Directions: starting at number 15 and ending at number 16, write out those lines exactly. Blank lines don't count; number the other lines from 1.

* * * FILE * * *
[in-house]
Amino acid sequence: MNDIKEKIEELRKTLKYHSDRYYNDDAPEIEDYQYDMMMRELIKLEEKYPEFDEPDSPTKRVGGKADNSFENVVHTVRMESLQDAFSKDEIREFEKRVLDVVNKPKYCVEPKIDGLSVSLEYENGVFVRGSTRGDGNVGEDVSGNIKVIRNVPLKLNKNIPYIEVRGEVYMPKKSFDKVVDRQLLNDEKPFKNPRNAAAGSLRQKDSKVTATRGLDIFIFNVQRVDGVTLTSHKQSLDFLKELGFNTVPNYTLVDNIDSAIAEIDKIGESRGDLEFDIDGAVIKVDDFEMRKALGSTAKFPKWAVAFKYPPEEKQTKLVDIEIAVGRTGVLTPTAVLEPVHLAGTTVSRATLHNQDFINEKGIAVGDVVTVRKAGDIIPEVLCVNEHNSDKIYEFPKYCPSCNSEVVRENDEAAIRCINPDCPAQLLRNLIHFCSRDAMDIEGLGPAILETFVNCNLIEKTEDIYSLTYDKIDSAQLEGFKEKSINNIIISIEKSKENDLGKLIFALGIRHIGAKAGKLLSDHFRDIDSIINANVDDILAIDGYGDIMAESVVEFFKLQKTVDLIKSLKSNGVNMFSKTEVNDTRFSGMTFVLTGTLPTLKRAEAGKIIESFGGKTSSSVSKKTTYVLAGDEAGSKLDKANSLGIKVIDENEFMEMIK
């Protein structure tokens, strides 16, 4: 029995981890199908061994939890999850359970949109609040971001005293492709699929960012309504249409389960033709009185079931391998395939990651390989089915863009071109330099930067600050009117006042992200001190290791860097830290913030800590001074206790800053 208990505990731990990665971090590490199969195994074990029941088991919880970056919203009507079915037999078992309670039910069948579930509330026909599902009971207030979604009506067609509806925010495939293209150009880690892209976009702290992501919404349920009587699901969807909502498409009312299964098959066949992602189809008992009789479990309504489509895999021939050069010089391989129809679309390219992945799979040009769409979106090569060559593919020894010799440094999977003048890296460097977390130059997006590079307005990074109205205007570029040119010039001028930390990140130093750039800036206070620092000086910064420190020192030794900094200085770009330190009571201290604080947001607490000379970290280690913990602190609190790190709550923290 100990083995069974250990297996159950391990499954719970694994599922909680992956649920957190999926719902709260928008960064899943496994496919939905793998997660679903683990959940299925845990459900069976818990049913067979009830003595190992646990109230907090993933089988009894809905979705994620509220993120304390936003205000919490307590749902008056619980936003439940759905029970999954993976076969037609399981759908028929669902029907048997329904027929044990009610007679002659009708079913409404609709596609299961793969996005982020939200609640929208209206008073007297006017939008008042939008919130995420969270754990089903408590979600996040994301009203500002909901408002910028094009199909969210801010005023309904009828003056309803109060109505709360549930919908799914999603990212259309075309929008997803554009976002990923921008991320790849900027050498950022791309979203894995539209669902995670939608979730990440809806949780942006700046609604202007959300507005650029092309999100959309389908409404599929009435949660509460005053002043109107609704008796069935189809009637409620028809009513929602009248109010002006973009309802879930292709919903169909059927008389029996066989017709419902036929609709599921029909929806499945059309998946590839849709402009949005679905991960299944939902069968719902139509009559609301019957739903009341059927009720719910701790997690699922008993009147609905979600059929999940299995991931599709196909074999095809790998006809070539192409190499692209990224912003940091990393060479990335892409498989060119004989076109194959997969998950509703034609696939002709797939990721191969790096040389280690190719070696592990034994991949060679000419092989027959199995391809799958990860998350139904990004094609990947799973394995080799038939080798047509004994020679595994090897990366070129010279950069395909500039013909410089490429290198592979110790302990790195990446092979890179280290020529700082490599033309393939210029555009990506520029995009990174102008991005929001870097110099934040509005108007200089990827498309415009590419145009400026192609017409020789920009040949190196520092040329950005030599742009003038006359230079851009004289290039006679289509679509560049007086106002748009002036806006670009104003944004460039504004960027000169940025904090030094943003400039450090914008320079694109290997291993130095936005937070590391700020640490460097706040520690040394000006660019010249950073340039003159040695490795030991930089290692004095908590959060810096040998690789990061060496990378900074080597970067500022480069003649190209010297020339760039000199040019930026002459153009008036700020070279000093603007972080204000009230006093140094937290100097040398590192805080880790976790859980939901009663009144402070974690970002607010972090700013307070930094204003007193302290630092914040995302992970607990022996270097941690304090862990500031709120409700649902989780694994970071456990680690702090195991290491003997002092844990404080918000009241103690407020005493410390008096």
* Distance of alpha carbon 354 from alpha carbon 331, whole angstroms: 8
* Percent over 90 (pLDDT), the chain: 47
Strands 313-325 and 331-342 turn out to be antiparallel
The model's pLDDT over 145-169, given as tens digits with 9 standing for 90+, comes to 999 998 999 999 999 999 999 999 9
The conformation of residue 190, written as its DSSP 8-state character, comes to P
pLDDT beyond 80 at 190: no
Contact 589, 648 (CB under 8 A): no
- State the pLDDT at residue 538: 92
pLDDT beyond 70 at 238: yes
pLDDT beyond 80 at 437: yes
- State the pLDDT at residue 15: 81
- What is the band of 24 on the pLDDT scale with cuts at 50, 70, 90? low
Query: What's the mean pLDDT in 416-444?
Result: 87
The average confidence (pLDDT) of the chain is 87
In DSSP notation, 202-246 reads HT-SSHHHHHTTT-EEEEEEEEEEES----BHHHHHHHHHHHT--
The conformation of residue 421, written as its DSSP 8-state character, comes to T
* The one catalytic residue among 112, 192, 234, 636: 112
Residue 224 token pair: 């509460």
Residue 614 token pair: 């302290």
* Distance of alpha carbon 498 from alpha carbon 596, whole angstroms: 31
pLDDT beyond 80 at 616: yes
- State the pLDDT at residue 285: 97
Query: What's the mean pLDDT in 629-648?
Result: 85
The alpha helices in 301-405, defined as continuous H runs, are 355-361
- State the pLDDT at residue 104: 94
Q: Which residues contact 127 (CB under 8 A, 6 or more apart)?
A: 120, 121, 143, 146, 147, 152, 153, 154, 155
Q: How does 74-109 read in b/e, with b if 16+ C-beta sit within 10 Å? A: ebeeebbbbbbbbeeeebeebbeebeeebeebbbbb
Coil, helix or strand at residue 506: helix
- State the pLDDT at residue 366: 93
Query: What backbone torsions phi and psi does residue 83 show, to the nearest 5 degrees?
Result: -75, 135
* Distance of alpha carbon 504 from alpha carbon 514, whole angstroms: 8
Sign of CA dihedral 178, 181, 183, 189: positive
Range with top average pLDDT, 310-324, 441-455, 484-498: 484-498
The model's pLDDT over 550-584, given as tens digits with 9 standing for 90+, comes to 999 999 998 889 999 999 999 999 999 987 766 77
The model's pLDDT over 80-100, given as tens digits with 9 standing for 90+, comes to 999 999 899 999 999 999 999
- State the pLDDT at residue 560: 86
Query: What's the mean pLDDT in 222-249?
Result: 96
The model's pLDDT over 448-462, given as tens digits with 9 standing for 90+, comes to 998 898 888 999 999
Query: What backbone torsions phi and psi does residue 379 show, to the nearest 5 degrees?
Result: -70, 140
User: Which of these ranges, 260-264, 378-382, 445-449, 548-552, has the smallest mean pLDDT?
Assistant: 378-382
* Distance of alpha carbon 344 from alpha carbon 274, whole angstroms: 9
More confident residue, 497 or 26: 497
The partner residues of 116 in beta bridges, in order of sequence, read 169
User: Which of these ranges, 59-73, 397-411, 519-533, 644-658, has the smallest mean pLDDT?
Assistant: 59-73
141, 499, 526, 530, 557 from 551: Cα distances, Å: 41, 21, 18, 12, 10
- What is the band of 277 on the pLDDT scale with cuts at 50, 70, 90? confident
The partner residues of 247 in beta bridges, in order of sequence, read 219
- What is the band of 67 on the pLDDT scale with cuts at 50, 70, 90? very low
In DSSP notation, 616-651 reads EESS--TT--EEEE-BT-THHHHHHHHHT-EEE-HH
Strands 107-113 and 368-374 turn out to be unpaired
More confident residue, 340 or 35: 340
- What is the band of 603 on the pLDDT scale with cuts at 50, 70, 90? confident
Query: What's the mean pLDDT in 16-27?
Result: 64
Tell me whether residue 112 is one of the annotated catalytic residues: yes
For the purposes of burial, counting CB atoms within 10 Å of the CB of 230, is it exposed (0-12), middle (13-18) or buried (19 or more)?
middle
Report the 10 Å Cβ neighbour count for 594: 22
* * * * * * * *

- What is the band of 24 on the pLDDT scale with cuts at 50, 70, 90? low
Query: What's the mean pLDDT in 416-444?